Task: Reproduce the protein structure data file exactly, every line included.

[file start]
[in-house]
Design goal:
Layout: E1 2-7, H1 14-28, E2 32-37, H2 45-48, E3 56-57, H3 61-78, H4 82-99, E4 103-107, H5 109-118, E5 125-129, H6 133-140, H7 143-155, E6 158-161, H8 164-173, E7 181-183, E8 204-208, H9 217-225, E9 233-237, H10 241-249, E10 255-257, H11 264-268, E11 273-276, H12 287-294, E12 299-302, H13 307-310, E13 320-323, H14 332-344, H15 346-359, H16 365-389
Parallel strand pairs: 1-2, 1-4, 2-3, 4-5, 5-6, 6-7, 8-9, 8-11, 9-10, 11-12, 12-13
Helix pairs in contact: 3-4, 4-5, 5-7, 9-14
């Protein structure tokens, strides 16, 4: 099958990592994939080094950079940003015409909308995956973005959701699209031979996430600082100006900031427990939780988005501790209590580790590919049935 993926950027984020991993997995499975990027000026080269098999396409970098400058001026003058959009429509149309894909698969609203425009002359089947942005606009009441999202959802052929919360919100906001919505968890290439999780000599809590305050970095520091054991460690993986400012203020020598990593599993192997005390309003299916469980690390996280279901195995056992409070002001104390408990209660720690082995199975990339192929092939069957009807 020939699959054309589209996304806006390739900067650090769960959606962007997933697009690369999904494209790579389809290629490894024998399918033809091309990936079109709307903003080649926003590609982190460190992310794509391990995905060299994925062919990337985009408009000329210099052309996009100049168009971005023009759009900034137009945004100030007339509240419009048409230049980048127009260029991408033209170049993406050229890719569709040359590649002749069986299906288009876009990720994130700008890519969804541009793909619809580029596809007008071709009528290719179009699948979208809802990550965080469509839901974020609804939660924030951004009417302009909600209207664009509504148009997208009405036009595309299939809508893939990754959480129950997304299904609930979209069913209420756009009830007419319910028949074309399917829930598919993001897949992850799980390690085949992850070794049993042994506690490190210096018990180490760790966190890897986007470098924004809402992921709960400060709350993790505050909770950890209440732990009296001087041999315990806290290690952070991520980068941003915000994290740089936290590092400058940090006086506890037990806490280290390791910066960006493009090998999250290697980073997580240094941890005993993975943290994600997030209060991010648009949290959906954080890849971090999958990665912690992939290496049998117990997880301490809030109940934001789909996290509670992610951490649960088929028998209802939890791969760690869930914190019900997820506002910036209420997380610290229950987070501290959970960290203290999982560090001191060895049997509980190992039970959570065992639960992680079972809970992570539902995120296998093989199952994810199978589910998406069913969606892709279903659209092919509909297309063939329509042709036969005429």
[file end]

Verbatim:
[in-house]
Design goal:
Layout: E1 2-7, H1 14-28, E2 32-37, H2 45-48, E3 56-57, H3 61-78, H4 82-99, E4 103-107, H5 109-118, E5 125-129, H6 133-140, H7 143-155, E6 158-161, H8 164-173, E7 181-183, E8 204-208, H9 217-225, E9 233-237, H10 241-249, E10 255-257, H11 264-268, E11 273-276, H12 287-294, E12 299-302, H13 307-310, E13 320-323, H14 332-344, H15 346-359, H16 365-389
Parallel strand pairs: 1-2, 1-4, 2-3, 4-5, 5-6, 6-7, 8-9, 8-11, 9-10, 11-12, 12-13
Helix pairs in contact: 3-4, 4-5, 5-7, 9-14
């Protein structure tokens, strides 16, 4: 099958990592994939080094950079940003015409909308995956973005959701699209031979996430600082100006900031427990939780988005501790209590580790590919049935 993926950027984020991993997995499975990027000026080269098999396409970098400058001026003058959009429509149309894909698969609203425009002359089947942005606009009441999202959802052929919360919100906001919505968890290439999780000599809590305050970095520091054991460690993986400012203020020598990593599993192997005390309003299916469980690390996280279901195995056992409070002001104390408990209660720690082995199975990339192929092939069957009807 020939699959054309589209996304806006390739900067650090769960959606962007997933697009690369999904494209790579389809290629490894024998399918033809091309990936079109709307903003080649926003590609982190460190992310794509391990995905060299994925062919990337985009408009000329210099052309996009100049168009971005023009759009900034137009945004100030007339509240419009048409230049980048127009260029991408033209170049993406050229890719569709040359590649002749069986299906288009876009990720994130700008890519969804541009793909619809580029596809007008071709009528290719179009699948979208809802990550965080469509839901974020609804939660924030951004009417302009909600209207664009509504148009997208009405036009595309299939809508893939990754959480129950997304299904609930979209069913209420756009009830007419319910028949074309399917829930598919993001897949992850799980390690085949992850070794049993042994506690490190210096018990180490760790966190890897986007470098924004809402992921709960400060709350993790505050909770950890209440732990009296001087041999315990806290290690952070991520980068941003915000994290740089936290590092400058940090006086506890037990806490280290390791910066960006493009090998999250290697980073997580240094941890005993993975943290994600997030209060991010648009949290959906954080890849971090999958990665912690992939290496049998117990997880301490809030109940934001789909996290509670992610951490649960088929028998209802939890791969760690869930914190019900997820506002910036209420997380610290229950987070501290959970960290203290999982560090001191060895049997509980190992039970959570065992639960992680079972809970992570539902995120296998093989199952994810199978589910998406069913969606892709279903659209092919509909297309063939329509042709036969005429």